Nicola Sturgeon: UK 'needs an overhaul'
The SNP could help overhaul the UK's "crumbling" institutions, Scotland's first minister has said.
Nicola Sturgeon told students at the London School of Economics that her party could work to bring "positive change across the UK".
Recent polls have led to speculation that the SNP could hold the balance of power following May's election.
But Labour leader Ed Miliband has ruled out a formal coalition with the SNP.
Speaking shortly after Ms Sturgeon's speech, Mr Miliband also said there would be "no SNP ministers" in any government he leads.
He said: "There are big differences between us on a whole range of issues, not just on the integrity of the UK and another referendum but on fair funding between the countries of the UK and fair taxes.
"In repeating this claim, the Conservatives and David Cameron are simply trying to scare people. Labour will not go into coalition with the SNP."
However, Mr Miliband has not ruled out some sort of post-election deal with the SNP, although Labour has previously downplayed speculation that it could enter an informal "confidence and supply" arrangement with the SNP if there was no outright winner in the general election.
Ms Sturgeon's speech at the London School of Economics on Monday morning set out her approach to tax and spend in areas such as Trident nuclear weapons, the North Sea oil and gas industry and the work allowance.
The speech, which came ahead of Wednesday's budget, also contained a pledge that the SNP would serve not only Scotland's interests, but those of the whole of the UK.
Ms Sturgeon's speech came as a new study suggested a majority of people in the UK believe Scotland will become an independent country despite the "No" vote in last year's referendum.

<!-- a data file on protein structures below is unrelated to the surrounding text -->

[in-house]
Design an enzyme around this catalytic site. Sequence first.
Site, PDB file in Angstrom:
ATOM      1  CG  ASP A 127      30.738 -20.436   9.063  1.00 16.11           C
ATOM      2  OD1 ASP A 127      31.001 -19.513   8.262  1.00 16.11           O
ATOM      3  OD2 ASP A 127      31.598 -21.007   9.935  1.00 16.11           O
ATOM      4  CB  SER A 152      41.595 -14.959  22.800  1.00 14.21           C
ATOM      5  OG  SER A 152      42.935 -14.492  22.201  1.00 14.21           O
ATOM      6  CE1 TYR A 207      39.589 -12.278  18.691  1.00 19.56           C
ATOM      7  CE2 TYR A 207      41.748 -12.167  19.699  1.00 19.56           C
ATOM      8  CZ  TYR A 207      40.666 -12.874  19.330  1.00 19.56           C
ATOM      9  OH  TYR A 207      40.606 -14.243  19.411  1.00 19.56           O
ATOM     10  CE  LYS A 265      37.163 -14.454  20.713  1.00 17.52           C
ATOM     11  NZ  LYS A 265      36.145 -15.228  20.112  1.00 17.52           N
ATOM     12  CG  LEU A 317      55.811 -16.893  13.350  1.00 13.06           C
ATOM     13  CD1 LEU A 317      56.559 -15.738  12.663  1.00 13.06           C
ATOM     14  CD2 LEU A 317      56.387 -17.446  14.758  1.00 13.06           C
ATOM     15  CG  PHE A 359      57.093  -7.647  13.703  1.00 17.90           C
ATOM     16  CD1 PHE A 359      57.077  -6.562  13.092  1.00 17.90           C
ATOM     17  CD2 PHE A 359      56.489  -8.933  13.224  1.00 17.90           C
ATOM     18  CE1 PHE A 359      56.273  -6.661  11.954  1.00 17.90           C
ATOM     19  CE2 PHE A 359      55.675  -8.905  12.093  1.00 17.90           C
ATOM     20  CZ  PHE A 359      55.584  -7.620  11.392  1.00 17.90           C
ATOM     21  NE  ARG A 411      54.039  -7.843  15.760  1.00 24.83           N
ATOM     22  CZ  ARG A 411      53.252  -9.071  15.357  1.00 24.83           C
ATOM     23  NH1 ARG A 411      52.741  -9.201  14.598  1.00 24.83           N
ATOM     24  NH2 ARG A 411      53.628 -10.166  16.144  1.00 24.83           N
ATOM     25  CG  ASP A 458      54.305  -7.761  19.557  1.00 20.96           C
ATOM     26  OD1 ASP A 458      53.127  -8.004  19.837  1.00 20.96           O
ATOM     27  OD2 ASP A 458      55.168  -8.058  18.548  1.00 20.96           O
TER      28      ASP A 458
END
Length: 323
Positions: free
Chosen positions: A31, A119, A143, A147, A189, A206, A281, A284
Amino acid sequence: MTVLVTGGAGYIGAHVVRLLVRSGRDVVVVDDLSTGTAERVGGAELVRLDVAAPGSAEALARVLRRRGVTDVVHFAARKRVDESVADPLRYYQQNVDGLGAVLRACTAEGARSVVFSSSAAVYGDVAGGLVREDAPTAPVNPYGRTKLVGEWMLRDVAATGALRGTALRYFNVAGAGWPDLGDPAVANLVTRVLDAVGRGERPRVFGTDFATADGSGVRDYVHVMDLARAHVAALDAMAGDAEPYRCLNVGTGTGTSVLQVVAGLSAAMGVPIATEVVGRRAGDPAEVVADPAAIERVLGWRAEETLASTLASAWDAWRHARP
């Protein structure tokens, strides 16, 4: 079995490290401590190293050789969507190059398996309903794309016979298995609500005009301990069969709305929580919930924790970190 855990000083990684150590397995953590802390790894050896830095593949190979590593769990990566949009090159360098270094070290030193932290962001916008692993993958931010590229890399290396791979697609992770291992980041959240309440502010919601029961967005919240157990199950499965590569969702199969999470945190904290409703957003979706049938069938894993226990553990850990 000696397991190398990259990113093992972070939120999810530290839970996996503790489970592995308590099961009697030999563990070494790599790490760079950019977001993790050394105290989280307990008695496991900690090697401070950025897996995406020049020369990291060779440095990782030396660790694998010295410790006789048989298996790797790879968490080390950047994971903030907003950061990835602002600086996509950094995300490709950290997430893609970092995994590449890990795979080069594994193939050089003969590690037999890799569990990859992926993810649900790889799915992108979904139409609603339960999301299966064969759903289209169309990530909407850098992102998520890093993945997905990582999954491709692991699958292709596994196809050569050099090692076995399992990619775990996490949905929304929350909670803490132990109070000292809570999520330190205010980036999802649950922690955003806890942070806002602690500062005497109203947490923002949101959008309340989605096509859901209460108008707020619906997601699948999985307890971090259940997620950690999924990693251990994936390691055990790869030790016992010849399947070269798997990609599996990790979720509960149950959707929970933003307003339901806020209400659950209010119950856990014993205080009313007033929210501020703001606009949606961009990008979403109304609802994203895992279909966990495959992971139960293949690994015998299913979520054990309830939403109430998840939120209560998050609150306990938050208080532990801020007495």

Researchers at the University of Edinburgh said 69% of people in Scotland believed there would be a split, while 59% of those surveyed in England, 54% in Wales and 59% in Northern Ireland thought that Scotland would eventually leave the UK.
The findings were from a survey of more than 7,000 voters across Britain.
In her speech, Ms Sturgeon argued that the UK's most powerful institutions were crumbling and needed urgent reform, and said the SNP could help to overhaul them.
And she said the UK Parliament's "arcane" processes and headline-grabbing surprises "often limit debate on genuinely complex issues".
She said: "The Palace of Westminster is in such a dilapidated condition. Its fabric is crumbling, some areas are prone to flooding and other parts haven't been properly refurbished for generations.
"It's not just the building that needs to be overhauled. It's the institutions."
The first minister also said: "The process UK governments follow now allows virtually no time for proper deliberation or consultation.
"That problem is made worse by the way in which successive governments have approached the Budget.
"Chancellors take pride in pulling rabbits out of the hat. Surprises are seen as a virtue. They help to create headlines and wrong-foot the opposition.
"It's much more difficult for that to happen in Scotland. The Scottish government has to publish a detailed draft budget each September, four months before the budget bill is laid before parliament."
Ms Sturgeon acknowledged that "none of this is easy" and that "neither my party or my government has all of the answers, far from it, but we know we need to try and we do want to be part of that effort."
And she pledged: "If we get the opportunity we intend to be constructive voice in the months and years ahead. We won't just serve Scotland's interests, although we will most certainly do that.
"But we will seek to do more than that if we get the opportunity, we will also seek to play our part in bringing about positive, long lasting and progressive change right across the UK."
This was Ms Sturgeon's second high-profile speech in London in recent weeks.
Last month at University College London she attacked the "austerity economics" of the main Westminster parties and called for an extra £180m in public funding to be made available.
Responding to the speech, Scottish Liberal Democrat leader Willie Rennie said it was "farcical" for the first minister to claim that the SNP would bring positive change for the whole UK.
He said: "It is farcical to suggest a party which is sworn to break up the UK would be capable of bringing positive change for the UK.
"If the first minister's idea of positive change is breaking NHS waiting time targets, increasing school class sizes and misjudgements on the economy then I suspect people will reject her plans."